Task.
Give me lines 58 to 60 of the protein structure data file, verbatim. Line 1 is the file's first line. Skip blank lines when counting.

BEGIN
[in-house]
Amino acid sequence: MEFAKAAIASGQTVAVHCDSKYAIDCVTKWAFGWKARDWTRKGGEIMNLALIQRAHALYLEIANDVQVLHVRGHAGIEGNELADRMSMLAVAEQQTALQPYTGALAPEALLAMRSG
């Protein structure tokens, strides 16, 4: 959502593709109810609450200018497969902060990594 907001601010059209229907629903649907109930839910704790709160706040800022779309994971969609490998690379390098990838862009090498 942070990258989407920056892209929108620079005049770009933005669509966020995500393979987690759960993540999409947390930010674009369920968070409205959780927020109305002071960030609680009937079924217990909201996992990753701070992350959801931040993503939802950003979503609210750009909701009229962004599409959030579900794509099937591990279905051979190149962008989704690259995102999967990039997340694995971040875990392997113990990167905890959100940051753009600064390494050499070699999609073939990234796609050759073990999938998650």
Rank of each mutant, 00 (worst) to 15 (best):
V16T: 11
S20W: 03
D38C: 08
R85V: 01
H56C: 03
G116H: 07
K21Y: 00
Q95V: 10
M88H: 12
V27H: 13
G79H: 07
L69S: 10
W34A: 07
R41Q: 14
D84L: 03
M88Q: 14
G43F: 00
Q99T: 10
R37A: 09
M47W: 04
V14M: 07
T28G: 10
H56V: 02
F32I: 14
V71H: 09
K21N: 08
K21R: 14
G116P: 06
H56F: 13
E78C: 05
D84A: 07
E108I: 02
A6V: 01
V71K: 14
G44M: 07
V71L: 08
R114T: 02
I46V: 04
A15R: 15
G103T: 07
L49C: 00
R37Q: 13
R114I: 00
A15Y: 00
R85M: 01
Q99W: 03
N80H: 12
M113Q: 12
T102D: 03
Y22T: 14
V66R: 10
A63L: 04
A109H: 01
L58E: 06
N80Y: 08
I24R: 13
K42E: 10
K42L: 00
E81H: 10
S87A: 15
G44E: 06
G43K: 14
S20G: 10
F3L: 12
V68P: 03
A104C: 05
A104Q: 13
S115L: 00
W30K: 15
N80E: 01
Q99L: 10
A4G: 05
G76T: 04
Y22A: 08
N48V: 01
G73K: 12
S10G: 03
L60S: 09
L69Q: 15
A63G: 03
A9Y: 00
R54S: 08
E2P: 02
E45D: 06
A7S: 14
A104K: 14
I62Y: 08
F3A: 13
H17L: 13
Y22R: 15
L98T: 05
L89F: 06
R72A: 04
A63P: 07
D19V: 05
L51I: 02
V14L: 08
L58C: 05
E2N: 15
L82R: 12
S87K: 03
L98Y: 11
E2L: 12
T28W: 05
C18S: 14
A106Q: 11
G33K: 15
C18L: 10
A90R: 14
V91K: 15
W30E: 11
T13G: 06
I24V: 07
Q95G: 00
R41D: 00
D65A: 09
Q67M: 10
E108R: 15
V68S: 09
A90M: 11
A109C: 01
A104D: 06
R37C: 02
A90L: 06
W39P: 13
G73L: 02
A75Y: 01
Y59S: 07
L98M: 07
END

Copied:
L58E: 06
N80Y: 08
I24R: 13